In the late 1700s, most people in Europe were still farmers. Although, the cultivation of the lands had not much changed from the Middle Ages. All of these farmers had the same routine. They planted the same crops every year, with the same soil, and grew it the same also. In the 18th century, an increase in population encouraged the farmers to step out of the traditional boundaries. The largest breakthrough, when it came to “stepping out of traditional boundaries”, was alternating wheat and barley to crops like turnips, clover, and alfalfa. Not very exciting. Furthur in time, technology and science contributed also by using better harrows and iron plows, which enabled farmers to dig deeper and break up clods of soil faster.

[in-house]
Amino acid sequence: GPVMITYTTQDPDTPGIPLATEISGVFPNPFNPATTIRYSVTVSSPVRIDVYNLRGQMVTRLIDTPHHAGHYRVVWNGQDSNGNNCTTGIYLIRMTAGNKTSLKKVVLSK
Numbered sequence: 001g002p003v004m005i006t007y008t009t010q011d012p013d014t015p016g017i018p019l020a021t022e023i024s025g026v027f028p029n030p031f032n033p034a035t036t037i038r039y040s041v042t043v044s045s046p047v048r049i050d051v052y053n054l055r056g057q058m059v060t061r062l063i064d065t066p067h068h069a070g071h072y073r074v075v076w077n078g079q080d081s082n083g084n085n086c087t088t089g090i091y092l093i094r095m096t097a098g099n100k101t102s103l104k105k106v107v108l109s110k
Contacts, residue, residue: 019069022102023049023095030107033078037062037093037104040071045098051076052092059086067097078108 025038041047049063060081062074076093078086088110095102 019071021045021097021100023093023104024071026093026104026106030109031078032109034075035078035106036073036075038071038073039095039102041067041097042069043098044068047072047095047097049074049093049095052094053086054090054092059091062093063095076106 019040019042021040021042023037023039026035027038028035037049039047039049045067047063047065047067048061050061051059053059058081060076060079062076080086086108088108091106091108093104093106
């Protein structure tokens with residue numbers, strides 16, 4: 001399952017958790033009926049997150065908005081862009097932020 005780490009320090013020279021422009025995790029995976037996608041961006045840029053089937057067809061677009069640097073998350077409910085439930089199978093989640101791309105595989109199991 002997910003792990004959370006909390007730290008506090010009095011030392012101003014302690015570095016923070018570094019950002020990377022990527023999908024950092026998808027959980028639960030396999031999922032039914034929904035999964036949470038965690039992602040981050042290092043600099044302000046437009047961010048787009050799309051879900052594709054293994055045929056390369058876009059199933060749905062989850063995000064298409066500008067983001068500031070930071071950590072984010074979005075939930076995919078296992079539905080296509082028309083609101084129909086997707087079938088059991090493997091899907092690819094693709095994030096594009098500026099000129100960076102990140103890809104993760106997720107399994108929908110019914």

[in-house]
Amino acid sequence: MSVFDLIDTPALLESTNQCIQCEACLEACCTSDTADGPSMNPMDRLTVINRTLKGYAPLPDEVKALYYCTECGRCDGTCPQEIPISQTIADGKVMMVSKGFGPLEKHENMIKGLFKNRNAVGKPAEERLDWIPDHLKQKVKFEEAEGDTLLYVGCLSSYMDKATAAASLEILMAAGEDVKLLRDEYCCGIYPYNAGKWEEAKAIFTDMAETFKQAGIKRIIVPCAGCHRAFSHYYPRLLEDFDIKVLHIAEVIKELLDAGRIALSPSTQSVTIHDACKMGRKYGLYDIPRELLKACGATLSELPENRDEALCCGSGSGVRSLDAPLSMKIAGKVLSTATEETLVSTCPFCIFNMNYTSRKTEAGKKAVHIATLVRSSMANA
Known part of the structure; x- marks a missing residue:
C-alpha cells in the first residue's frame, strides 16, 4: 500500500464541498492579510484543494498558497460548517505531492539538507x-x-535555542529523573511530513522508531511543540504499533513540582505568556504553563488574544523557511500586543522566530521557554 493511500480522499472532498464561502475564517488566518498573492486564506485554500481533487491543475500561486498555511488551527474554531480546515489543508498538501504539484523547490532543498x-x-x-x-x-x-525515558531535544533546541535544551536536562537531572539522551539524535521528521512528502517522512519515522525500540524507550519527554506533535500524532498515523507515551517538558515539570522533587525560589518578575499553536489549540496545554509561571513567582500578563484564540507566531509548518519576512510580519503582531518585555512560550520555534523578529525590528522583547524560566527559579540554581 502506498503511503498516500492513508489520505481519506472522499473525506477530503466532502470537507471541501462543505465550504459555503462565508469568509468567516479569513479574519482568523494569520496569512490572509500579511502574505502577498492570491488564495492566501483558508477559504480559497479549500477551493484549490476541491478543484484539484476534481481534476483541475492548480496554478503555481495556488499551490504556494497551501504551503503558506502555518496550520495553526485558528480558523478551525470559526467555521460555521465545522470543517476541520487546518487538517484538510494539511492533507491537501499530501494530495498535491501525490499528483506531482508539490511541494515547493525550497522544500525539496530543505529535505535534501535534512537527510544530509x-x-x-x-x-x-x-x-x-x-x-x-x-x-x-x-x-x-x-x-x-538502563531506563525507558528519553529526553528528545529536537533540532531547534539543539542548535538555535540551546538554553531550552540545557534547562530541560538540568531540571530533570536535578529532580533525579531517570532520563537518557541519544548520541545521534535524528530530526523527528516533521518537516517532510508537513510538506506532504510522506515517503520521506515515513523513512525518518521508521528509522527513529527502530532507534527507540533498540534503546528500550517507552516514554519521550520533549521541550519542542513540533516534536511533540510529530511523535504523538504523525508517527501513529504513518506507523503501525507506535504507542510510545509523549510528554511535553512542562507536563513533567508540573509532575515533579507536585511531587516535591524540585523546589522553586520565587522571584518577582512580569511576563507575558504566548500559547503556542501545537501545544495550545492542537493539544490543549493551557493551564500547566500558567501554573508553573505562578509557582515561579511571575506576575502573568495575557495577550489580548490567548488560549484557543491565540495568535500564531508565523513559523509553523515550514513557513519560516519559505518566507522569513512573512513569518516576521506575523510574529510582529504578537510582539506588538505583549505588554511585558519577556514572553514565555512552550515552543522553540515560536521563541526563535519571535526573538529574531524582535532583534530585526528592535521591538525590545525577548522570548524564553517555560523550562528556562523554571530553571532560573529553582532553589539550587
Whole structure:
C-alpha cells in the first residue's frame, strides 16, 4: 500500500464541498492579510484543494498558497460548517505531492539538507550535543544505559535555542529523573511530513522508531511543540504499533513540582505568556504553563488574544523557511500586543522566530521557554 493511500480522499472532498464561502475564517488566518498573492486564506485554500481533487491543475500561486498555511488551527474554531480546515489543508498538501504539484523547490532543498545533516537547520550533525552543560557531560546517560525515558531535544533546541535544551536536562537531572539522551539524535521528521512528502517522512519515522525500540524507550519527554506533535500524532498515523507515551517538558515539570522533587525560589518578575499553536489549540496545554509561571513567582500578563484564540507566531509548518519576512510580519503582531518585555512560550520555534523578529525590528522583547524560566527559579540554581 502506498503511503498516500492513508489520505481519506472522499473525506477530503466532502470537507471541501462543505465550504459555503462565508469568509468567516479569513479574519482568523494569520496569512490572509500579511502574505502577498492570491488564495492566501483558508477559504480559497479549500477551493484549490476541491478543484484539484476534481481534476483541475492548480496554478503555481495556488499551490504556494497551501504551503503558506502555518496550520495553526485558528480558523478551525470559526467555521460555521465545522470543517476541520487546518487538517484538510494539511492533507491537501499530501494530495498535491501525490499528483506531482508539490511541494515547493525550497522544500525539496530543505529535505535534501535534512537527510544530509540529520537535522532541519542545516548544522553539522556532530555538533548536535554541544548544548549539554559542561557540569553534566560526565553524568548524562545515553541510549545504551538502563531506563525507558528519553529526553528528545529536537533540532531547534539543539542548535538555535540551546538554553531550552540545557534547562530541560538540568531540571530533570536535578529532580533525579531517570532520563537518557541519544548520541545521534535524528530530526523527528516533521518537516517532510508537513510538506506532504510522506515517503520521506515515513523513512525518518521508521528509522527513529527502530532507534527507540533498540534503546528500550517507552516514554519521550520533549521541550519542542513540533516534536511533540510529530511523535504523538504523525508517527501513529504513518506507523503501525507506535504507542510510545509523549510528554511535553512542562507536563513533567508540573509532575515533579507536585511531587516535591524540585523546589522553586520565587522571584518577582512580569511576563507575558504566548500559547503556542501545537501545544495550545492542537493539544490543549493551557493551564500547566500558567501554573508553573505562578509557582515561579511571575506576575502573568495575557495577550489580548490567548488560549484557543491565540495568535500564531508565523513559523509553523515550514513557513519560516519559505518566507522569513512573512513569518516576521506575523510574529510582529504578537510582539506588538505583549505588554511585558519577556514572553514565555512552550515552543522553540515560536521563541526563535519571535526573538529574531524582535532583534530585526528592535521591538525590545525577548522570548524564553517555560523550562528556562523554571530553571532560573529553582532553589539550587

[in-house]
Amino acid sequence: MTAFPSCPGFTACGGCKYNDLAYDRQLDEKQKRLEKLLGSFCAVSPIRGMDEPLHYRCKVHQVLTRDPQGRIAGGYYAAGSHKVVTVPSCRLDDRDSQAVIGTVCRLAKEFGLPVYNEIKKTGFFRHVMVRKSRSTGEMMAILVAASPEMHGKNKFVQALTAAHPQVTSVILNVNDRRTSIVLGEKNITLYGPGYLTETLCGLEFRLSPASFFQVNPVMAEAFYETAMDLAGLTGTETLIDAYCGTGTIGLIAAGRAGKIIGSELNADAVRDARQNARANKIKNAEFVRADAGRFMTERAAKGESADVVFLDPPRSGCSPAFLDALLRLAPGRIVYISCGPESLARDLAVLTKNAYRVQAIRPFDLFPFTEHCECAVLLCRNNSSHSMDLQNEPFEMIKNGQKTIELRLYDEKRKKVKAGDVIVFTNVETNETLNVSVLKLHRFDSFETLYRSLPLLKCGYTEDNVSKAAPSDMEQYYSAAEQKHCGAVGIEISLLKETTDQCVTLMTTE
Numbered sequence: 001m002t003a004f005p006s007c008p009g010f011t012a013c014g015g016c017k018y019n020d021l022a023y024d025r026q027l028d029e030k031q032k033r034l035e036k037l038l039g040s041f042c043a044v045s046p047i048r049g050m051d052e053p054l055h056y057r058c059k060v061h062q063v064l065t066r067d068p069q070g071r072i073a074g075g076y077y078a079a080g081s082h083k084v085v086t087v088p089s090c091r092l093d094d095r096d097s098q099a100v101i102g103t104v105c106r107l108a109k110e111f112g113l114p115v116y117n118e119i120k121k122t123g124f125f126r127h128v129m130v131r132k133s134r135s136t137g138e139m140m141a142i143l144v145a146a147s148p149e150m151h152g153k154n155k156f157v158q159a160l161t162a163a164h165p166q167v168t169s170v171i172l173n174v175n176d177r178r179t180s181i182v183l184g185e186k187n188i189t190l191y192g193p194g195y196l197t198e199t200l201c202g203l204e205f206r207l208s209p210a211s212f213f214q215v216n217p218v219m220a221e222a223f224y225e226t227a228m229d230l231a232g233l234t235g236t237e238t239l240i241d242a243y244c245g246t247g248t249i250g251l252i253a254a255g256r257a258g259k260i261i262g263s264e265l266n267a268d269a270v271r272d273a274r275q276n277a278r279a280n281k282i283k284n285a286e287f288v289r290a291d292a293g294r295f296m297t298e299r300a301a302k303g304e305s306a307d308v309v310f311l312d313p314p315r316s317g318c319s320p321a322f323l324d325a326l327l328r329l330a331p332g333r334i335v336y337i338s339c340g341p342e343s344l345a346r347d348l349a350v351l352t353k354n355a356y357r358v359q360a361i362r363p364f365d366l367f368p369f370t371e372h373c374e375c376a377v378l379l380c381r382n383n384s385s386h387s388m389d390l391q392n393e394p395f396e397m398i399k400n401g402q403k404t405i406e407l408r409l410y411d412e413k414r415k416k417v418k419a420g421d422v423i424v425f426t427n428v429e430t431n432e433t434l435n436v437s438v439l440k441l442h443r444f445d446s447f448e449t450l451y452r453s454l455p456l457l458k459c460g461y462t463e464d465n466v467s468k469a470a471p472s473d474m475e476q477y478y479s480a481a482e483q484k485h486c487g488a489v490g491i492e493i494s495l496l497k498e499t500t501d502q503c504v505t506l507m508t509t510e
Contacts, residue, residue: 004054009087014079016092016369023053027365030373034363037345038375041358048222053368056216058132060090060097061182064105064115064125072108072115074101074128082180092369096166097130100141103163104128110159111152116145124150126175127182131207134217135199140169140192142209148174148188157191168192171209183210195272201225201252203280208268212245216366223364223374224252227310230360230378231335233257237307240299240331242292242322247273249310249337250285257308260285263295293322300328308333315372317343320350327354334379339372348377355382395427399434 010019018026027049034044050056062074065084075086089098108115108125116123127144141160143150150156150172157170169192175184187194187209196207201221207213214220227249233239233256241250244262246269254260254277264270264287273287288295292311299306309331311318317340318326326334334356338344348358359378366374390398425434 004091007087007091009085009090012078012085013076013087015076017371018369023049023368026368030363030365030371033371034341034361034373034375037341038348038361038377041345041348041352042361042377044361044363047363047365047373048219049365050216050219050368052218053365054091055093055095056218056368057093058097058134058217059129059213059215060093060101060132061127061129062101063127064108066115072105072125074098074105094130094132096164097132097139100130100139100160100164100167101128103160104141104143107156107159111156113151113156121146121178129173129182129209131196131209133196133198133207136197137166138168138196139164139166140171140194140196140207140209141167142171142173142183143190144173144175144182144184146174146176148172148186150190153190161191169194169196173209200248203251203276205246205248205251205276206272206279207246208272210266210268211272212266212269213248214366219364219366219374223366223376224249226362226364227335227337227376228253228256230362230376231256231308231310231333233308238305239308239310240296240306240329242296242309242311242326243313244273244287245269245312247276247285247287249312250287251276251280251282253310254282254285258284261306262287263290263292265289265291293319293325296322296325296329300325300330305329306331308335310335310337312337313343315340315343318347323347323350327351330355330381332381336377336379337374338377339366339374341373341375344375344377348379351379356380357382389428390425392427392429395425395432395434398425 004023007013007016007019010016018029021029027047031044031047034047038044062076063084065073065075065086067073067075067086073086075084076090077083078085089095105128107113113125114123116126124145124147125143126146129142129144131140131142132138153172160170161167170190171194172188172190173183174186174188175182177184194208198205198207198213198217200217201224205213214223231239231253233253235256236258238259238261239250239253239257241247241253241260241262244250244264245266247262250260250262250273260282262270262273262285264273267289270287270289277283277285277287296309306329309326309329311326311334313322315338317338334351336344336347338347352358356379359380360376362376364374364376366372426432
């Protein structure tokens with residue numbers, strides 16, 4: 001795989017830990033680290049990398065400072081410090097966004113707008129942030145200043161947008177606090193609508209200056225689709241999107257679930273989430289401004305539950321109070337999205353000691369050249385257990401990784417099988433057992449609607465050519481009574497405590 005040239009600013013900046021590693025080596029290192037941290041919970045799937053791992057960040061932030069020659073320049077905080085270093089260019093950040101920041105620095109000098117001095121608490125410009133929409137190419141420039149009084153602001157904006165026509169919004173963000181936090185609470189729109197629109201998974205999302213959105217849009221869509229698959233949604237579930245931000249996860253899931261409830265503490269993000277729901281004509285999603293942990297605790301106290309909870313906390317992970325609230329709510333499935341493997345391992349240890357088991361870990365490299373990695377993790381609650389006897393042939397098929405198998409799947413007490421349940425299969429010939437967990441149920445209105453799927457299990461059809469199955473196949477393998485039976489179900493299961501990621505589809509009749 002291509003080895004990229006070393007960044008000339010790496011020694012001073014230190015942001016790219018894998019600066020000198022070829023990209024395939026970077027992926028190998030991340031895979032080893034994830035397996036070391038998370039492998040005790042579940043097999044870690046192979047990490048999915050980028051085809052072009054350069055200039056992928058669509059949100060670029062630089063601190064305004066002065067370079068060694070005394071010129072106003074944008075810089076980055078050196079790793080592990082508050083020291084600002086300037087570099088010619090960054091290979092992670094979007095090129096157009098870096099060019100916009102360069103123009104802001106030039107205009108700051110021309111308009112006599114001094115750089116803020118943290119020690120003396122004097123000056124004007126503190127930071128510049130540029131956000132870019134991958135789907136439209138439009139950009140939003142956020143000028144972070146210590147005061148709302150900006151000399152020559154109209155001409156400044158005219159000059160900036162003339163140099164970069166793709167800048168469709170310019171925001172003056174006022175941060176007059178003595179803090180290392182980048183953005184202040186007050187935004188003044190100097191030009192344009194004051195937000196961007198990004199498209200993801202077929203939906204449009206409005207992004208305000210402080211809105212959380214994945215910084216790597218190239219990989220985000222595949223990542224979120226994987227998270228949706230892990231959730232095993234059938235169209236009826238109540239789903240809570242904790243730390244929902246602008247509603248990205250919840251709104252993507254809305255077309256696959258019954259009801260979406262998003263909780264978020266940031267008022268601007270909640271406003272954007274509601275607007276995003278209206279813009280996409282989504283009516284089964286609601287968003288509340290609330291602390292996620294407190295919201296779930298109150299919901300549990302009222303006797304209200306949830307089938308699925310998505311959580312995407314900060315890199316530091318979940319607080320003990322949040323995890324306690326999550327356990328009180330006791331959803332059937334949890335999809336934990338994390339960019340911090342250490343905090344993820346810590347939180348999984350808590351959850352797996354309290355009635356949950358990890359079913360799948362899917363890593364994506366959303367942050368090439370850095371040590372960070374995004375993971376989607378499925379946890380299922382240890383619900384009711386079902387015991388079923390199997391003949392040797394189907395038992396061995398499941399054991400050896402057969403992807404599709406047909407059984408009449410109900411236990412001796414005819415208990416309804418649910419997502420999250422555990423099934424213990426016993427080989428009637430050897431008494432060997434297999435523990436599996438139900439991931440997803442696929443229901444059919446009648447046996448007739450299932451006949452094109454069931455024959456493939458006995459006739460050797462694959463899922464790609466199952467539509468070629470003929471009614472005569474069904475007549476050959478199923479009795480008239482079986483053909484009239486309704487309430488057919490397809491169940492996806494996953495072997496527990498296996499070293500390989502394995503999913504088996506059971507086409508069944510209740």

In the 19th century, the age of statistical data was brought on. This was when governments in Western Europe started relying on numbers for certain information, such as birth and death records. Although the increase in agricultural development was a main subject in the Industrial Revolutionn, demographics had started to expand rapidly after 1815. It also jumpstarted the beginning of improved transportation systems, which included sophisticated canal networks, that in turn helped migrate food shortages throughout the areas that were in need.